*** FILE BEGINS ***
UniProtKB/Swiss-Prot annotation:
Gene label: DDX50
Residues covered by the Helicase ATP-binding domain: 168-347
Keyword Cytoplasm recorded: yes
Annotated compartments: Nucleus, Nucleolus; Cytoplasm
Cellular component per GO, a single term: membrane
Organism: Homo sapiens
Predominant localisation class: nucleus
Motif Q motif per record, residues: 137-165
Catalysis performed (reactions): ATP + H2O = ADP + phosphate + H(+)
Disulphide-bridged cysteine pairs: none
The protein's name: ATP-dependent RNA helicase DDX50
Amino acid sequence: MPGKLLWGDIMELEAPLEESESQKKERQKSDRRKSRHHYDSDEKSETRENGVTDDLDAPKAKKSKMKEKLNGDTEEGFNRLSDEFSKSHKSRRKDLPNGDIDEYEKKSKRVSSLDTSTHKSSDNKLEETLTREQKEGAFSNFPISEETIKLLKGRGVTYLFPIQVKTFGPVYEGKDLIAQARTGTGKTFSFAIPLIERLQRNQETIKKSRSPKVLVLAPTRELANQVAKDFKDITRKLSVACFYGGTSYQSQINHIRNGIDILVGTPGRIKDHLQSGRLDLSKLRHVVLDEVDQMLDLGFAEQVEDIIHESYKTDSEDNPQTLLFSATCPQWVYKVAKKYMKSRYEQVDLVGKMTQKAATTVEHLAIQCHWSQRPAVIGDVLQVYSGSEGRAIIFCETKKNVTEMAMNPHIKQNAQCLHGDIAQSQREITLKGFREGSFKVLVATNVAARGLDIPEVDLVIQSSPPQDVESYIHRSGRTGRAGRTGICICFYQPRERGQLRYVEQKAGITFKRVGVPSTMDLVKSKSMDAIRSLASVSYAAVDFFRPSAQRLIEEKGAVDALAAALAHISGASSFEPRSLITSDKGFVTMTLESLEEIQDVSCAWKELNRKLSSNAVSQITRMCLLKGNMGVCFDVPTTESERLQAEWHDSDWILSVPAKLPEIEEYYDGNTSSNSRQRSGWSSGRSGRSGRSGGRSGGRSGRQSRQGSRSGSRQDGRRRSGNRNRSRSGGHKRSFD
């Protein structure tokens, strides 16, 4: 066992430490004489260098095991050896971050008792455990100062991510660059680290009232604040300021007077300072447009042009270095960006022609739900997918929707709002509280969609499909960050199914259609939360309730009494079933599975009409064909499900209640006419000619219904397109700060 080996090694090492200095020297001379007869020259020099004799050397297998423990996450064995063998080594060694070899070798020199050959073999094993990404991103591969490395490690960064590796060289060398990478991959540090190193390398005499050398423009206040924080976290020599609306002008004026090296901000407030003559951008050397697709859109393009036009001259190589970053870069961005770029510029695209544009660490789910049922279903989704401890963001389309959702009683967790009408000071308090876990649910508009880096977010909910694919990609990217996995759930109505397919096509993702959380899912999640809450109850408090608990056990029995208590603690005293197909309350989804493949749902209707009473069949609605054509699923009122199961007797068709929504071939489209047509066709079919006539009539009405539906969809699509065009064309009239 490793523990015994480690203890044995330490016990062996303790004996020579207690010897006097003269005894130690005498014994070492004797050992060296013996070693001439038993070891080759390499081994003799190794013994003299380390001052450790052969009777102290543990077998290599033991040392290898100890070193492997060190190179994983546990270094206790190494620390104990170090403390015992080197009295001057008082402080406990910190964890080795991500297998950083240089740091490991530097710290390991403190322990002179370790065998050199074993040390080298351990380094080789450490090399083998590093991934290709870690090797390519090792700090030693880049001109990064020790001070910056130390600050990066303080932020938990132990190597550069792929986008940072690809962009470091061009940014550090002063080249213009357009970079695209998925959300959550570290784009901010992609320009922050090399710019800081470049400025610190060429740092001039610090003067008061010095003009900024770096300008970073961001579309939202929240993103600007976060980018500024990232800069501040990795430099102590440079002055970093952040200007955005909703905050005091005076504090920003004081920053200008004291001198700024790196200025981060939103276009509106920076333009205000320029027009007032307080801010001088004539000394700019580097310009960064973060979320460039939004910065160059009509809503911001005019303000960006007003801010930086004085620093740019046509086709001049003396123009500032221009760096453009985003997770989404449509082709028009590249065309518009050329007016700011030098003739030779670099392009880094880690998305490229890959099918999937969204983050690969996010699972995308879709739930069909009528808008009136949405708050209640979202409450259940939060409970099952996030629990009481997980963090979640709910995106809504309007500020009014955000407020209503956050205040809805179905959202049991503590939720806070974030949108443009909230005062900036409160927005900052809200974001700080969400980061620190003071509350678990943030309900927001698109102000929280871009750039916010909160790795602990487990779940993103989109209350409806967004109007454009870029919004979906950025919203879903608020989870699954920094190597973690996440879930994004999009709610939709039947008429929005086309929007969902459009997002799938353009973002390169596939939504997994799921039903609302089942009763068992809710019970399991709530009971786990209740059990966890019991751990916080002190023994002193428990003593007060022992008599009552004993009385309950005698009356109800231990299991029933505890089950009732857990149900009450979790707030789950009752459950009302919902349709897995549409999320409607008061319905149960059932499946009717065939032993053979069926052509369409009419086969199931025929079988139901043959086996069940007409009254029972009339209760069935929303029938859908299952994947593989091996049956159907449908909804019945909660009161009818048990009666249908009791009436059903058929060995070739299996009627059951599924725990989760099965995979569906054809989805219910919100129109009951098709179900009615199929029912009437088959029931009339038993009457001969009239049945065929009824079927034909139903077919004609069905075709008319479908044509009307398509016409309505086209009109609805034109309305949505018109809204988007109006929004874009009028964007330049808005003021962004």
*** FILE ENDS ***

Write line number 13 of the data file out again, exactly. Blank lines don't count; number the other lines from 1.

Amino acid sequence: MPGKLLWGDIMELEAPLEESESQKKERQKSDRRKSRHHYDSDEKSETRENGVTDDLDAPKAKKSKMKEKLNGDTEEGFNRLSDEFSKSHKSRRKDLPNGDIDEYEKKSKRVSSLDTSTHKSSDNKLEETLTREQKEGAFSNFPISEETIKLLKGRGVTYLFPIQVKTFGPVYEGKDLIAQARTGTGKTFSFAIPLIERLQRNQETIKKSRSPKVLVLAPTRELANQVAKDFKDITRKLSVACFYGGTSYQSQINHIRNGIDILVGTPGRIKDHLQSGRLDLSKLRHVVLDEVDQMLDLGFAEQVEDIIHESYKTDSEDNPQTLLFSATCPQWVYKVAKKYMKSRYEQVDLVGKMTQKAATTVEHLAIQCHWSQRPAVIGDVLQVYSGSEGRAIIFCETKKNVTEMAMNPHIKQNAQCLHGDIAQSQREITLKGFREGSFKVLVATNVAARGLDIPEVDLVIQSSPPQDVESYIHRSGRTGRAGRTGICICFYQPRERGQLRYVEQKAGITFKRVGVPSTMDLVKSKSMDAIRSLASVSYAAVDFFRPSAQRLIEEKGAVDALAAALAHISGASSFEPRSLITSDKGFVTMTLESLEEIQDVSCAWKELNRKLSSNAVSQITRMCLLKGNMGVCFDVPTTESERLQAEWHDSDWILSVPAKLPEIEEYYDGNTSSNSRQRSGWSSGRSGRSGRSGGRSGGRSGRQSRQGSRSGSRQDGRRRSGNRNRSRSGGHKRSFD